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Why You Should Consider Avoiding the Hospital During the Holidays

The holidays are often busiest times in emergency rooms due to common holiday mishaps such as falls from hanging lights or car accidents due to bad weather. Therefore, patients can help by being be well-informed and know when something is an emergency and something is not.
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An emergency department sign.
An emergency department sign.

Did you know that the last six weeks of the year can be most stressful for health practitioners? This is something that patients who may be planning to schedule time in the hospital before the end of the year should be aware of. It is common for people who have a paid insurance deductible to try to get in any necessary elective surgeries they were told to have before their insurance policy potentially changes in the coming year. However, this becomes a problem during a time like the end of the year because that is a common time when health practitioners take time off, or are extremely busy due to backlog.

The holidays are often busiest times in emergency rooms due to common holiday mishaps such as falls from hanging lights or car accidents due to bad weather. Therefore, patients can help by being be well-informed and know when something is an emergency and something is not. There are many health issues that arise during holidays are not medical emergencies. Those that should be treated immediately include:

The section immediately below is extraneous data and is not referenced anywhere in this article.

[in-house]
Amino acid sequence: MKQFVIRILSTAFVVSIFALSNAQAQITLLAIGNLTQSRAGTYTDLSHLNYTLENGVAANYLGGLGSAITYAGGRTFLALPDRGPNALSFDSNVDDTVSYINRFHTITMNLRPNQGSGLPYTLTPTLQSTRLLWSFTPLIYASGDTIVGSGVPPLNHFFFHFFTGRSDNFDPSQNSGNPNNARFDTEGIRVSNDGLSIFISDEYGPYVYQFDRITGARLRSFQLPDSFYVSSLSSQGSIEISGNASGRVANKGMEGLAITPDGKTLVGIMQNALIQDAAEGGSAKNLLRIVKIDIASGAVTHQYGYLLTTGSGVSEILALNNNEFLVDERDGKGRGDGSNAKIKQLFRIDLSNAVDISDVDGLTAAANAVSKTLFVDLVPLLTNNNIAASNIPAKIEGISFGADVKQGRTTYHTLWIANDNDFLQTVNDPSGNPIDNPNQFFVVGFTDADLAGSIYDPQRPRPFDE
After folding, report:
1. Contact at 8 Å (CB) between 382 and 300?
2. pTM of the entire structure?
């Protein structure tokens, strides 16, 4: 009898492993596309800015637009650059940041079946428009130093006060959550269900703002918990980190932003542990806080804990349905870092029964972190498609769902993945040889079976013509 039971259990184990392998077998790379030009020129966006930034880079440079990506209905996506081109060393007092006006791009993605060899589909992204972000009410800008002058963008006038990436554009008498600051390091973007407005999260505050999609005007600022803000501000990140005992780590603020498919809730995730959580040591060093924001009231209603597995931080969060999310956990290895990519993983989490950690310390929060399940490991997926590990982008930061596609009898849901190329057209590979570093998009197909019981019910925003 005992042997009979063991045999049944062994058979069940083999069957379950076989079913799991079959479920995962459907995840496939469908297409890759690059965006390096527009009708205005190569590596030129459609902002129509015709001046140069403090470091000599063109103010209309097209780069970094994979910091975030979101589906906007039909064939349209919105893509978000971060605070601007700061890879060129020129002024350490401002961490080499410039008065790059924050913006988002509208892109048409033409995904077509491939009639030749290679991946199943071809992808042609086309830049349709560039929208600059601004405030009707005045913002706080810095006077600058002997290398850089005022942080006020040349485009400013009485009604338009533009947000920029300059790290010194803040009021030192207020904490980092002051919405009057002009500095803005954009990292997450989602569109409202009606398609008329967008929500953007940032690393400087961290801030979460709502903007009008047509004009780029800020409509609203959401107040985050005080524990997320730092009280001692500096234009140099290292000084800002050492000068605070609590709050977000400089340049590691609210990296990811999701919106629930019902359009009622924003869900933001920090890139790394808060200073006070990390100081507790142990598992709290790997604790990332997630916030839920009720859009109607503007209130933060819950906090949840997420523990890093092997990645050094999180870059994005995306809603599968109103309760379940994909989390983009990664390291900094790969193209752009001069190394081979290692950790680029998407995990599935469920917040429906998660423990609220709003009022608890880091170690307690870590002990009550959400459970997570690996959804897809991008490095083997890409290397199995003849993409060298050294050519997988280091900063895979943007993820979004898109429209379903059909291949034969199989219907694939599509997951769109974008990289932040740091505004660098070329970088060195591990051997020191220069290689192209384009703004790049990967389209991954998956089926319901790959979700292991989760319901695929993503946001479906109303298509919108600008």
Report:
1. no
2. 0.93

• Chest pain
• Stroke symptoms (i.e. numbness on one side of body, face, arm or leg, trouble walking, speaking and seeing in one or both eyes)
• Excessive, uncontrolled bleeding
• Difficulty breathing

Tips to Avoid the Hospital During the Holidays

The holidays are often is the busiest time for ERs. Use these tips to keep your family safe and healthy, as well as avoid hospitals during the holiday season:

1) Plan before scheduling surgery.
  • If having elective surgery or non-emergency procedure, make sure to talk to your doctor/surgeon about scheduling. If you really want them to do procedure, make sure they'll be around to perform it as well as for follow-up care.
  • See a family doctor regularly - can save you hundreds or even thousands of dollars in the long run, prevent unnecessary ER trips, and increase chances of early detection should a medical issue present itself
  • Get cholesterol and blood pressure checked, share any family history of medical problems such as heart disease, diabetes and cancer with your doctor.
  • Take preventative measures to avoid cold or flu
2) Beware common holiday mishaps.
  • Be careful hanging holiday lights - can be dangerous.
  • Look out for things in your home that could prove hazardous during the holidays, including open fireplaces, electrical issues, poisonous plants like mistletoe and holly berries, or areas that put guests at risk for falls.
  • Be careful driving - car accidents due to bad weather and drunk driving are common reasons ERs see more patients during the holidays.